The Oval: The Price of an Ambassadorship

For the first half of this year, the Bush administration seemed on track to patch up its dismal relations with its European allies. President George W. Bush has toured Europe three times this year (four if you include the pope's funeral) and even spoken sweet words to one of the arch critics of the war in Iraq German Chancellor Gerhard Schroder--first in Germany and then in Washington last month.

But photo ops are cheap compared to the price of an ambassadorship, and nothing speaks quite so loudly about the Bush administration's priorities as its senior embassy postings. Germany's new ambassador has no obvious qualifications or abilities to repair the deeply strained relationship with one of America's most important allies for the last 50 years. However William Timken Jr., an Ohio industrialist, does have one big claim to the job: he raised at least $200,000 for the president's re-election campaign in 2004--ranking him among the elite class of fund-raisers known as the Bush Rangers. In January, the Timken Co., where Timken is chairman of the company's board of directors, contributed $250,000 to fund Bush's Inauguration festivities.

A White House spokesman says Bush tapped Timken for the Berlin post because he's an "experienced executive." Yet Timken has no diplomatic background, and, according to his spokeswoman, does not speak German. While Timken does claim ancestral ties to Germany, he appears even less qualified for the job than his predecessor, former GOP senator Dan Coats, who was hardly celebrated in Berlin. Stationed in the German capital at the height of debate over whether to invade Iraq, Coats also didn't speak German and was widely criticized for his lack of knowledge about the country--two factors said to have contributed to the rift between the United States and Germany over the war. In contrast, Coats's predecessor was John Kornblum, a popular and vastly experienced career diplomat appointed by President Bill Clinton who is credited (at least in part) with having written President Ronald Reagan's "Tear Down This Wall" speech.

Even for those not closely monitoring Bush's campaign finances, Timken might be a familiar name. In April 2003, Bush visited one of Timken's research facilities in Ohio, where he delivered a speech about the improving economy and argued that more tax cuts were needed to sustain growth. Standing in front of a backdrop that read JOBS AND GROWTH, Bush said more tax cuts would mean "companies like Timken have got a better capacity to expand, which means jobs." A month later, Congress approved--and Bush signed into law--those additional tax cuts. Yet, in May 2004, in the heat of the presidential election year, Timken announced it would close three of its Canton-area facilities, affecting 1,300 jobs. Democrats immediately seized on the Timken layoffs, noting the irony of Bush's earlier speech. On Election Day, Bush felt the backlash, narrowly losing Stark County (where the facilities were located) by about 3,000 votes. (Timken and its labor unions continue to negotiate over the fate of employees at the plants.)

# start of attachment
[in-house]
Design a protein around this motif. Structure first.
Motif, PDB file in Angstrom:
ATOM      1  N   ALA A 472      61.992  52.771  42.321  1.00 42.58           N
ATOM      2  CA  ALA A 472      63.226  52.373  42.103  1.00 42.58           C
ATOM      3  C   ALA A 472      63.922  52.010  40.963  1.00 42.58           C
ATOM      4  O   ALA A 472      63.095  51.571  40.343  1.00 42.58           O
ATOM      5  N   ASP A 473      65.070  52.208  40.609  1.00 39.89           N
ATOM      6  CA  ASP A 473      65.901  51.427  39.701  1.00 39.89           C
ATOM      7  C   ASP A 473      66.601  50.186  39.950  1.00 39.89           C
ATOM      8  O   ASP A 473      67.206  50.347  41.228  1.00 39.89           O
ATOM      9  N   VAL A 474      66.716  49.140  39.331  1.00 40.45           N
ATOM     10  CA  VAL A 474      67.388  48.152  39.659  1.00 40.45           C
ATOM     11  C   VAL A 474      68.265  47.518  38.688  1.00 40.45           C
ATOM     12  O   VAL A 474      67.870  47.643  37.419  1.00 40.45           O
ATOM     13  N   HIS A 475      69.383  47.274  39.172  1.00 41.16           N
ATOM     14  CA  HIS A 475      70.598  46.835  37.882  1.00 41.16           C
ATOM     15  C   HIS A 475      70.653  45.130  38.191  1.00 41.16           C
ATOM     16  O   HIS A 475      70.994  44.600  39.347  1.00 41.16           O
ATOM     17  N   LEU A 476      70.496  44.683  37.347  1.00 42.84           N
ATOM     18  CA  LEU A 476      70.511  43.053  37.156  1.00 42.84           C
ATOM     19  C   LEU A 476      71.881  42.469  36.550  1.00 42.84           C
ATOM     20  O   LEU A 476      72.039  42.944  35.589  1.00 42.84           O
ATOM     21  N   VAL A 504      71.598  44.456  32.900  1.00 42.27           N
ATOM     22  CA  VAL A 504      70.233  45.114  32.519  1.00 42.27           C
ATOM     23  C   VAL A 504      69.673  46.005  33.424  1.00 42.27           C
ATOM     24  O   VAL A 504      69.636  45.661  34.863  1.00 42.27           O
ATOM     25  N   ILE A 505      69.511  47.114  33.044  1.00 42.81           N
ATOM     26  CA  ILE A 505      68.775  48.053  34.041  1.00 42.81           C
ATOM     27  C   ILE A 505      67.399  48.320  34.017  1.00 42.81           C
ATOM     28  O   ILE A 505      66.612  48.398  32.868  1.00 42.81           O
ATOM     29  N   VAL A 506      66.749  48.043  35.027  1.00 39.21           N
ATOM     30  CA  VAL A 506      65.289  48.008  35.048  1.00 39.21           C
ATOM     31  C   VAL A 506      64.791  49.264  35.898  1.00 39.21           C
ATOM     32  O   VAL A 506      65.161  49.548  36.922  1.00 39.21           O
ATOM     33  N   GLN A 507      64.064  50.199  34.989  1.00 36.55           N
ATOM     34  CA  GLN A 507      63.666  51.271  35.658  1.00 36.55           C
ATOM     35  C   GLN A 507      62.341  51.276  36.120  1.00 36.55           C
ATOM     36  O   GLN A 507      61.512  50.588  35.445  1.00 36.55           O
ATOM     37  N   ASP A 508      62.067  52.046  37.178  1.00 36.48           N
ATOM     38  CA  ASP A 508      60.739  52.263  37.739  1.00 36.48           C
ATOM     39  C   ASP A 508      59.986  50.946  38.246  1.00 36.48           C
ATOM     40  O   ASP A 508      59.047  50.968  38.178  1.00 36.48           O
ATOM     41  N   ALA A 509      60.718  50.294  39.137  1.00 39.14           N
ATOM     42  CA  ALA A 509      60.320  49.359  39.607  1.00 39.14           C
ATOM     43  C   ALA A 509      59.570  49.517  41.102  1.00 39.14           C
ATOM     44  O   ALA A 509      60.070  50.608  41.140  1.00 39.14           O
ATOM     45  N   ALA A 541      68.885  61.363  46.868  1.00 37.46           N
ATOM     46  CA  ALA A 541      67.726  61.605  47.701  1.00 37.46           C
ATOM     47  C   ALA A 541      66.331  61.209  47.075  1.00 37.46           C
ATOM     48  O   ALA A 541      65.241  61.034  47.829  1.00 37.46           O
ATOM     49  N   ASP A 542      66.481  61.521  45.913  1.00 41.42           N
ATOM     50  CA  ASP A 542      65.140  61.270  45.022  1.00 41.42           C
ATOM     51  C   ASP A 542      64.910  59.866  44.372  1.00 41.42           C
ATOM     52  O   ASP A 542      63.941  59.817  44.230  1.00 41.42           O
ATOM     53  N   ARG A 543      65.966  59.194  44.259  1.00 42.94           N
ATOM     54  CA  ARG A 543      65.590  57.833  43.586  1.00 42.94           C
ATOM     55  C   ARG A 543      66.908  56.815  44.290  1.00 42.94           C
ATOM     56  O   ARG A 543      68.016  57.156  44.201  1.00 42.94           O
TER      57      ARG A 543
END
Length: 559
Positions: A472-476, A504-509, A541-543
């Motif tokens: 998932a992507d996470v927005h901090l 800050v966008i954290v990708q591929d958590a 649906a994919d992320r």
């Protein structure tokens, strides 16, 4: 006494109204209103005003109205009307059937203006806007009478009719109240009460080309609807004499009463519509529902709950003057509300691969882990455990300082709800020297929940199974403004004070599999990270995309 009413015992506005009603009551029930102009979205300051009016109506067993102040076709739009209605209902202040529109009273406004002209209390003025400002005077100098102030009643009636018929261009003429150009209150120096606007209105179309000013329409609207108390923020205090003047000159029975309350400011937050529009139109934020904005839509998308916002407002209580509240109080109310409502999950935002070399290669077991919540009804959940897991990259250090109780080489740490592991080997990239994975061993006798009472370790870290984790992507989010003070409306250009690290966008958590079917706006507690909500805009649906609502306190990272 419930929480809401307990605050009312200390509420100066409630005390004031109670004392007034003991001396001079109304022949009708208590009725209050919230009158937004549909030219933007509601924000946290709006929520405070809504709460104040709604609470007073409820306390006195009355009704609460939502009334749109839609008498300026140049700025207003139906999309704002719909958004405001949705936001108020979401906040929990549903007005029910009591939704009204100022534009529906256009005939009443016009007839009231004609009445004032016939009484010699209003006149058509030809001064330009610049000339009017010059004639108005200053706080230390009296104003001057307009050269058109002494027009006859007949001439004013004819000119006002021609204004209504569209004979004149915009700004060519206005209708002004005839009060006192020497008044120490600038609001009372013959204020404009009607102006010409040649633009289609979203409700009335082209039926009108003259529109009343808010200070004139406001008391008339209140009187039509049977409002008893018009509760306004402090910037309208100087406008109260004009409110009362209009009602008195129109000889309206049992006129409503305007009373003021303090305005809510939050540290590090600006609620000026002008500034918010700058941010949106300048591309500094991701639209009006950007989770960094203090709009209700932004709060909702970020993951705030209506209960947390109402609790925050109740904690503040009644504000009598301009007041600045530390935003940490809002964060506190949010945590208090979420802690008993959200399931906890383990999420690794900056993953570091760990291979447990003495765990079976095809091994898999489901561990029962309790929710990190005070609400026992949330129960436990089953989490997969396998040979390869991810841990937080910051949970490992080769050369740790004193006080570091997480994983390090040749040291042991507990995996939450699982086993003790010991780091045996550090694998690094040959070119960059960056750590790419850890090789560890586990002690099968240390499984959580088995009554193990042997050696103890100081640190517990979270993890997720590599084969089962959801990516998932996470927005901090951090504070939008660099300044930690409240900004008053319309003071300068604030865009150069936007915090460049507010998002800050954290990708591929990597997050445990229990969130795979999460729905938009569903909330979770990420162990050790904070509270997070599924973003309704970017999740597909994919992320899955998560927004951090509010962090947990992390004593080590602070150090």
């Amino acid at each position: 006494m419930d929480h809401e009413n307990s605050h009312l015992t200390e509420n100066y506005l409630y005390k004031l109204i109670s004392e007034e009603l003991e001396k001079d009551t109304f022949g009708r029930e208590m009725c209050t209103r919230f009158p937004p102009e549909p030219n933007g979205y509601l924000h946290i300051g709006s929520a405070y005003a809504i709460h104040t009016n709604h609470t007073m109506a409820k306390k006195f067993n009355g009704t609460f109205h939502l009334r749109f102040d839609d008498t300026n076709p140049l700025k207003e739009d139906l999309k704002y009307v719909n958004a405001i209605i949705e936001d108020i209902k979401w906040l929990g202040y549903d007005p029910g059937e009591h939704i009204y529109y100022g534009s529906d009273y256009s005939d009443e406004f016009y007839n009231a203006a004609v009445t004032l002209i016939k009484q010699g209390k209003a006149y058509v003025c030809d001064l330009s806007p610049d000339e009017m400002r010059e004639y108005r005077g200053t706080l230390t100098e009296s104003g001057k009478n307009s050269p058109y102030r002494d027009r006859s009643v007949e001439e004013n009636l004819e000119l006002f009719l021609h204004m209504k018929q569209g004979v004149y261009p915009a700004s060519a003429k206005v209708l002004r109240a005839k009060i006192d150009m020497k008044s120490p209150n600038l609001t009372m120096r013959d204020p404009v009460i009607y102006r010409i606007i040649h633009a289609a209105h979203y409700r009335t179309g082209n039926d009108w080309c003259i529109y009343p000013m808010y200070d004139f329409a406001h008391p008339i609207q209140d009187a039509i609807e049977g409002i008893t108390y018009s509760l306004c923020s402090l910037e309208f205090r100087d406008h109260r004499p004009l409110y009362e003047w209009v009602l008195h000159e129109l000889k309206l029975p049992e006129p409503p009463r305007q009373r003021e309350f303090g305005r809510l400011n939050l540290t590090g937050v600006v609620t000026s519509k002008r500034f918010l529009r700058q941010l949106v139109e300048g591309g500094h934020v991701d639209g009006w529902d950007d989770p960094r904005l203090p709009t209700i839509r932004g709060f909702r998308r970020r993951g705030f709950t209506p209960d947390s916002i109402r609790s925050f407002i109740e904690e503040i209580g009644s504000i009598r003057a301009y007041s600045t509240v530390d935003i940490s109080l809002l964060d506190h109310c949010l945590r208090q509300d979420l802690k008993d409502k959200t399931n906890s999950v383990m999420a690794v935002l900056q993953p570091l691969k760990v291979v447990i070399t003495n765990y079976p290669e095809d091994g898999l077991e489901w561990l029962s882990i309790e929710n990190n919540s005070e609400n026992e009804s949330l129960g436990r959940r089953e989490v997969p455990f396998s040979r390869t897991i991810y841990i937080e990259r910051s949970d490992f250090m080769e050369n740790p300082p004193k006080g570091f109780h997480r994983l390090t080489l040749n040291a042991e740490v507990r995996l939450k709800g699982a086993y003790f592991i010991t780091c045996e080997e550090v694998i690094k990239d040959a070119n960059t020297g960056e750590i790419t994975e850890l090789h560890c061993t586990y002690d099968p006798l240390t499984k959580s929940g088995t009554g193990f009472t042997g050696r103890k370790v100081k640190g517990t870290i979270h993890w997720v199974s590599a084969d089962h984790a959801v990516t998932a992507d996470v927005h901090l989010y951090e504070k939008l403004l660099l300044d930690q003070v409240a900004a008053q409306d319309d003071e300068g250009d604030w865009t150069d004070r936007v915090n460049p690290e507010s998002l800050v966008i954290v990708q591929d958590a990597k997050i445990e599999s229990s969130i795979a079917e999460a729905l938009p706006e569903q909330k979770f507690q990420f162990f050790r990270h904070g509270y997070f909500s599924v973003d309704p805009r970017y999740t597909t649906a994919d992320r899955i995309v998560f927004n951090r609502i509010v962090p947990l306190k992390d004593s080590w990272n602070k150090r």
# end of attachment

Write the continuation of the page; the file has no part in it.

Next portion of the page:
Timken is the eighth $100,000-plus Bush fund-raiser to be nominated for an ambassadorship since January. On Wednesday, the White House nominated Al Hoffman, a Florida developer who has raised $300,000 for Bush's presidential campaigns, to be ambassador to Portugal. Last month, Bush appointed Robert Tuttle, a California car dealer, to be ambassador to the United Kingdom, while Ronald Spogli, a California financer who was Bush's classmate at Harvard Business School, was named the top diplomat in Rome. Both men were Bush Pioneers in 2004--having raised at least $100,000 for the campaign. In April, the White House named David Wilkins, a South Carolina state representative who raised $200,000 for the 2004 campaign, as the ambassador to Canada. That appointment raised concerns north of the border when Wilkins admitted that he'd only visited Canada once--more than 30 years ago on a trip to Niagara Falls--and that he didn't speak French (Canada is officially a bilingual country).

All told, more than 30 of Bush's top fund-raisers in 2000 and 2004 have scored ambassadorships. About one third of Bush's ambassadors have been political appointees--a statistic on par with that of other administrations. Doling out plum ambassadorships to big supporters may not be anything new, but against the backdrop of the ongoing threat of terrorism and the continued strains of Iraq, the stakes faced by this White House are entirely different.